I don’t want to scare you with some of these symptoms but I want you to know what could happen.
These are just a few of the many issues that can be caused by giving bad feed to your rabbits.
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How To Tell Good Quality Hay
Alfalfa- should be a nice dark green color.
Grass Hay- should be light-to-medium green.
Texture- should be soft and easy to bend. Not stiff and brittle.
A bale should be light and easy to lift. I bale that is heavy would indicate that has excessive moisture, which is the perfect start for mold. It could also indicate that there has been mud or rocks mixed in with the bale.
To get a bale this good you would need to look for hay intended for horses or buy it form a pet supply store and to be honest the price is really high and not worth the extra price.
Does Hay Go Bad?
The short answer is yes. But here is what bad hay looks like and some color descriptions of what has happened if the color looks bad.
- Will be turning light to medium brown.
- If the hay is dark brown or black it has been kept in the rain or heavy fog and has lost most of its nutrition.
- Light yellow faded color indicates that the hay has been left in the sun and bleached by the sun. The light color could also mean it is aged.
Why Store-Bought Hay Isn’t A Great Option
You might be thinking “Leah, I buy hay from the pet store or in the pet section at my supper market. It doesn’t look bad at all”. The problem with the store-bought hay is the average protein level in hay is often less than ten percent. It’s rarely more than 12% protein.
So it all goes back to giving them more “fresh foods” that are still not feeding them what they need to survive. What do people who have an eating disorder do? They go strate for vegetables. How well does that work for them? Most of them start losing weight and muscle mass very quickly.
My Rabbit Won’t Eat Hay
If your rabbit is eating everything else well but not hay that is completely fine. Make sure the pellets you are feeding falls in the recommended guidelines above and you shouldn’t have any issues.
Can Rabbits Eat Straw?
They can eat straw but there is literally no nutritional value to it. It is used for bedding and livestock to poop on. So if your rabbit is not eating hay I do not recommend feeding straw as an alternative.
What I Do Instead Of Hay
The main reason people will feed hay is to aid in digestion and avoid bloat. I have and always will be an herb user with the rabbits. If you notice your rabbit having a firm belly then feed about 5 inches of rosemary herb twice a day until the issue subsides. It shouldn’t last more than a day or two.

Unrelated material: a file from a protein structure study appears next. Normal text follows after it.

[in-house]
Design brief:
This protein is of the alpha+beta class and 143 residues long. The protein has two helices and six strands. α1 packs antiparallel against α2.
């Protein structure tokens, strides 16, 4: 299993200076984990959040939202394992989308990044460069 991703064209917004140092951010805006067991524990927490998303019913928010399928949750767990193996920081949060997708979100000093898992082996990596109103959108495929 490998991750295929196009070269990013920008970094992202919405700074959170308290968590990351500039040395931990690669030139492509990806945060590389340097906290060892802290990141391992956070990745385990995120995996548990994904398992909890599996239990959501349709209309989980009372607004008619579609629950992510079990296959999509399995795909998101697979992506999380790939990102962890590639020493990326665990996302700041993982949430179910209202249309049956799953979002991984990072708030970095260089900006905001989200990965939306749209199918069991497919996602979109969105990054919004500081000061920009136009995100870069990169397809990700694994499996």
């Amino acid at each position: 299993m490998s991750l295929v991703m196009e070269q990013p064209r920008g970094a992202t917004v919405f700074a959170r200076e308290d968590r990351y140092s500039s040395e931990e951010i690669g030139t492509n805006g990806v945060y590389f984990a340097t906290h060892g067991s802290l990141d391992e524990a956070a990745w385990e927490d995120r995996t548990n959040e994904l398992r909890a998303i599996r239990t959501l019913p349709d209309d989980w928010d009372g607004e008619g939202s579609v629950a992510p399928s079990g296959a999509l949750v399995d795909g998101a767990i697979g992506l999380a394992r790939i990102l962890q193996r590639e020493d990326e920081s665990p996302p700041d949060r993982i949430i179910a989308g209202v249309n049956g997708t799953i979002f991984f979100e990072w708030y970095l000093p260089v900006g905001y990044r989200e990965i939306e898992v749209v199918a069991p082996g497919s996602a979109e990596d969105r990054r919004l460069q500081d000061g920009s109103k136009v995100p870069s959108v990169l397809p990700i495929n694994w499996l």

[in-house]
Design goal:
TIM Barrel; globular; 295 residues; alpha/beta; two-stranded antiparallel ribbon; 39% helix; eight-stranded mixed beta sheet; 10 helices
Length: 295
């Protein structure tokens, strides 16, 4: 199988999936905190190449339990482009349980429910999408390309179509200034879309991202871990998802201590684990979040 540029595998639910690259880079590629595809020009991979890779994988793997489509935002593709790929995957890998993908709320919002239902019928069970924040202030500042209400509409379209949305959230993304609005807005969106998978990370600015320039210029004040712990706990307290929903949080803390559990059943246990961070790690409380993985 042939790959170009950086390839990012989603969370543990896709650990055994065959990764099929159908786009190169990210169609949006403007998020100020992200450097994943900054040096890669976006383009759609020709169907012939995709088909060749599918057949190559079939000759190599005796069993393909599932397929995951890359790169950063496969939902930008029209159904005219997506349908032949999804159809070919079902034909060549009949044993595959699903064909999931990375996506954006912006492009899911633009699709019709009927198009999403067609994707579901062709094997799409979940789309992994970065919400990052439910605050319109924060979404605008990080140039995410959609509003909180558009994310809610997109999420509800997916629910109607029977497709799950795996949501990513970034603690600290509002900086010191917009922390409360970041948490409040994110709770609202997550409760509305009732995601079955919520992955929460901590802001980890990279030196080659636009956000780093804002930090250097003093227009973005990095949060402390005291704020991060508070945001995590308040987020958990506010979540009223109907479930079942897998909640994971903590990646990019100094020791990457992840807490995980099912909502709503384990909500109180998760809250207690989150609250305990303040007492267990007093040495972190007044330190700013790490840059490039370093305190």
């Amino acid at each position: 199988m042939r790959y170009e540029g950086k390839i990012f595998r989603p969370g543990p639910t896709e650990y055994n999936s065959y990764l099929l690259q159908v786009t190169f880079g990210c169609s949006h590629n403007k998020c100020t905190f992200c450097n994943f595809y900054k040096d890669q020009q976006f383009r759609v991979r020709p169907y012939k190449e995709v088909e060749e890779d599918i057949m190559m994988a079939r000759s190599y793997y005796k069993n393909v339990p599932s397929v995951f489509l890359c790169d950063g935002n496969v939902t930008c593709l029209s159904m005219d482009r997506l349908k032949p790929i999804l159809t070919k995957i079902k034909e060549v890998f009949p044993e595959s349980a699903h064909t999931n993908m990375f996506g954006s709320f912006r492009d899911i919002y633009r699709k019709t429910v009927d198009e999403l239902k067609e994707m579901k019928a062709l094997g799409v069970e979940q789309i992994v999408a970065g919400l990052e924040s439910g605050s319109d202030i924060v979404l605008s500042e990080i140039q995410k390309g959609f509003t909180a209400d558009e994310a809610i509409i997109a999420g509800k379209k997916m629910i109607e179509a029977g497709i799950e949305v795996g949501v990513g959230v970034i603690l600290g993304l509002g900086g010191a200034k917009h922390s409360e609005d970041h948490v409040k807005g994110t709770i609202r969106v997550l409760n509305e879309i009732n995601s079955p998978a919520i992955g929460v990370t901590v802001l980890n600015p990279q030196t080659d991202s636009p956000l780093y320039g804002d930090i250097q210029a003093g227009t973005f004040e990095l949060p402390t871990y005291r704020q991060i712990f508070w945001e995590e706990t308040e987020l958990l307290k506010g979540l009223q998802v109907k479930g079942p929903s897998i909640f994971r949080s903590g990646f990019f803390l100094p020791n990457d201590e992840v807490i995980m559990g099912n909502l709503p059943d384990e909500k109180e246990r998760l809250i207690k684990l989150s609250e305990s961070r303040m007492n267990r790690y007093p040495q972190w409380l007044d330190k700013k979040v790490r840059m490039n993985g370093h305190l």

Rosemary is a great herb to feed your rabbits if you notice a digestion problem. You can read more about how to use rosemary In your rabbitry here.
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Rosemary has been the best herb I have used when/if the rabbits have digestive issues but to be honest when fed right you should hardly run into any issues. I have only had to use it once or twice in 10+ years. But its also a great herb to feed to your rabbits if they are not eating due to stress or a shift in weather (Which can happen.)
Why Eating Lots Of Fresh Vegetables Is Not Good Either
If you are feeding your rabbit lots of fresh greens and vegetables, they do not meet the protein needs of your rabbit. Most vegetables are 3% protein or less.
- Spring greens 3%
- Mustard greens 1.6%
- Romaine Lettuce 1%
- Beet Greens 3%
- Carrot Tops 1%
- Dandelion Greens 2.7%
I could go on all day. But do you get the idea? If you are giving your adult rabbits (or growing rabbits) all these green vegetables and fresh grass that doesn’t meant their nutritional needs they will starve to death.
What To Do If I Want To Feed Hay
You can absolutely feed hay but here are the requirements it needs to meet if you want to feed hay.
DO NOT, I repeat, DO NOT let the hay get damp or keep feeding it if you suspect anything is wrong with it. most stables get hay deliveries frequently and this helps keep it fresh and free of mold. You can not buy several months’ worth of hay and expect it to last.
It needs to be a good horse hay quality. Alfalfa hay is the most nutritious and the first cutting is going to be the best.
If you are buying any of the different types of grass hay from the store make sure to look at the label and make sure it is not any less than 16% protein. Or you are diluting the amount of nutrition they are getting by feeding that. In this case, you should only be feeding it as an occasional treat.
Don’t stress when you are trying to make sure your rabbit’s daily diet has everything they need. Keey the facts visible for you to see when you need to reference it and pay attention to your rabbit.
If a rabbit is sick they will stop eating or eat much less than usual. This is your clue to start looking into what could be wrong. If your rabbit is having gut or digestive issues make sure to read my post about lavender and how it helped a doe stop having diarrhea.